However, upon watching the movie of her life and seeing some of the moments in which she might have used some questionable judgement, RJ starts to see what kind of a person she was – and she doesn’t really like what she sees. After much deliberation, it is decided that RJ may return to three moments in her life and try to do them over – the right way this time. She is guided by three souls that she knew in her life – three souls that were connected to her in life and are affected (either directly or though family) by some of RJ’s decisions. RJ has one more chance to get these moments right and change the events of her life so that she might be allowed to return and continue living – only if the angels are impressed by her actions and feel that she has changed enough to warrant changing everything.
I loved pretty much everything about this book. It’s fun, it’s lighthearted and yet deep at the same time, and it reminds me of A Christmas Carol. My favorite part about the book, however, is definitely the amazing character development present with RJ. Rarely do I see such a well written character to begin with (sometimes I really enjoy the “bad” characters!), and seeing how she changes throughout the novel is amazing. She really turns her life (and, well, death) around, and I really felt a connection to her.
I was pretty sad when this book ended, and for a while I was kind of peeved about the ending itself, but after having a day or two to think about it, it’s quite obvious that the ending was absolutely perfect for the book. I can’t imagine this book having a better ending. Sarah J. Schmitt really knows how to create an addictive story and remarkable characters that stand out from other books. She also painted a beautiful picture of the “afterlife,” and it was so easy to get attached to the characters there. They were fun, they were colorful (for example, Death wears Hawaiian print shirts…who knew?), and they were some of the best written characters I’ve come across in quite a long time.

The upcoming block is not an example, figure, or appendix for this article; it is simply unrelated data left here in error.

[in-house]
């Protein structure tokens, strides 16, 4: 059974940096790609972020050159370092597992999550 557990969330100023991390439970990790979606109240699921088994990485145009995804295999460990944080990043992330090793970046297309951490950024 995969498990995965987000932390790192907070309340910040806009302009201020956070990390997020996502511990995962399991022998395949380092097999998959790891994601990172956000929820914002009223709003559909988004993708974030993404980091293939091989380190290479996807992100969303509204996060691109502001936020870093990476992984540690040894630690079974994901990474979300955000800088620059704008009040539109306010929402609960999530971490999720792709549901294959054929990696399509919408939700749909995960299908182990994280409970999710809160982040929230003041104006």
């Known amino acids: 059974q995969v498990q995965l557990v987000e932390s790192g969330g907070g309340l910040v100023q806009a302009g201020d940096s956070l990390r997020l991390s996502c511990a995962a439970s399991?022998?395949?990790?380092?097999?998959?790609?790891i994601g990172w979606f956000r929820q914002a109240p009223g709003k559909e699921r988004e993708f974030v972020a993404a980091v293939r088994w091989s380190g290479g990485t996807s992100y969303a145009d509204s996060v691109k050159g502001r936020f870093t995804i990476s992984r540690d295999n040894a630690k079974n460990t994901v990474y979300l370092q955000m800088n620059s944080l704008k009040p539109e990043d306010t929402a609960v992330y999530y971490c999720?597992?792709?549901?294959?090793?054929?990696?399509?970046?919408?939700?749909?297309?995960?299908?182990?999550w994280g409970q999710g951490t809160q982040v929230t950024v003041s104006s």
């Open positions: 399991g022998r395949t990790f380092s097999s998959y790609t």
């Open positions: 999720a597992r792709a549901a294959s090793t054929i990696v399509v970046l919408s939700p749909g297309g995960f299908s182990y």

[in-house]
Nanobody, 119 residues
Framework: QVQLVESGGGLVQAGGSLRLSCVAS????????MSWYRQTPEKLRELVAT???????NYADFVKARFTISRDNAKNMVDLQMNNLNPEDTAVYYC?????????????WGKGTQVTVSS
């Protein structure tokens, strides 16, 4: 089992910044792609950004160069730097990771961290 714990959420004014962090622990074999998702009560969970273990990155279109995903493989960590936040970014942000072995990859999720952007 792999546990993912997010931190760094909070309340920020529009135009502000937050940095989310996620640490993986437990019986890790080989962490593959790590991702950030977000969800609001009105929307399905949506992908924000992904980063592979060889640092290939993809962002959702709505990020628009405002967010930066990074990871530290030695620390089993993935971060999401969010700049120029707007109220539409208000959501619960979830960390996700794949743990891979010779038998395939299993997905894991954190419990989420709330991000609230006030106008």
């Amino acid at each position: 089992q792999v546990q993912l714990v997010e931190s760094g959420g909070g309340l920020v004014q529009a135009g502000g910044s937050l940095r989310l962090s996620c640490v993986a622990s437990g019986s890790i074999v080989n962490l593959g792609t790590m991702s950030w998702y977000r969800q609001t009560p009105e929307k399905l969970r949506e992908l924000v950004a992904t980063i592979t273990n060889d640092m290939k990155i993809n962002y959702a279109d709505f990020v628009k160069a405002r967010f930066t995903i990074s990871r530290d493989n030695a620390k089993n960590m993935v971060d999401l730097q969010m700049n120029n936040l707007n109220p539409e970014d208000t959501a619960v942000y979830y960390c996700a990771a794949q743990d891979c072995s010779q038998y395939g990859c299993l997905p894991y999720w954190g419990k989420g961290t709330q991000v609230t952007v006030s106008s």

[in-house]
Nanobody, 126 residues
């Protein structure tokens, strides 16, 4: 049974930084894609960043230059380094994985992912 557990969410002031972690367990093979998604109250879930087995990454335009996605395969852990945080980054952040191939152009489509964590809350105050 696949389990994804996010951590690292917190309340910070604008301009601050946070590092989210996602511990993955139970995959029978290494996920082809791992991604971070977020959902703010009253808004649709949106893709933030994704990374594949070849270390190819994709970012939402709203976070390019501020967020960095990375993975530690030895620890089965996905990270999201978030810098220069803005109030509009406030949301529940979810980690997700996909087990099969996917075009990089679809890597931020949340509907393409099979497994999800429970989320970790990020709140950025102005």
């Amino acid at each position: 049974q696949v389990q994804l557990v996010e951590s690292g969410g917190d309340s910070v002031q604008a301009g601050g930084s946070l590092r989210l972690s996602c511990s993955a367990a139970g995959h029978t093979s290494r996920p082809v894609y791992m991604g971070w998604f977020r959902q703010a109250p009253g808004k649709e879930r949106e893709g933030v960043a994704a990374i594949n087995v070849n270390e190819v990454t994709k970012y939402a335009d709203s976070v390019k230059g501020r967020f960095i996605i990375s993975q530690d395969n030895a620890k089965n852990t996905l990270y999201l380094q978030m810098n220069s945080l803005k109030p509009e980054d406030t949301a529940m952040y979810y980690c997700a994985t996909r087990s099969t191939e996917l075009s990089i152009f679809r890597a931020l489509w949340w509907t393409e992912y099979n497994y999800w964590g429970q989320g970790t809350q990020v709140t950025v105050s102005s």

This entire book deserves a read, especially if you like the A Christmas Carol theme going on. The whole high school/popular girl drama was well written, and It’s A Wonderful Death is sure to become a favorite!
Note: I received an ARC copy of this book in exchange for an honest review.
About the Author
Sarah J. Schmitt is a K-8 school librarian and Youth Service Professional for Teens at a public library who, in addition to planning a variety of events, enjoys opening up the world of books to reluctant readers. She runs a teen writing program that combines Skype visits from well-known authors and screenwriters and critique group style feedback.
Prior to immersing herself in the world of the written word, Sarah earned her Masters of Science in Higher Education Administration and Student Affairs from Indiana University where she worked with first year college students as they acclimated to college life. Sarah lives outside of Indianapolis with her husband, two kidlets and a cat who might actually be a secret agent. She is an active member of SCBWI, ALA and the Indiana Library Federation and is a regular participant at the Midwest Writer’s Workshop. Her debut novel, IT’S A WONDERFUL DEATH, comes out Fall 2015 from Sky Pony Press.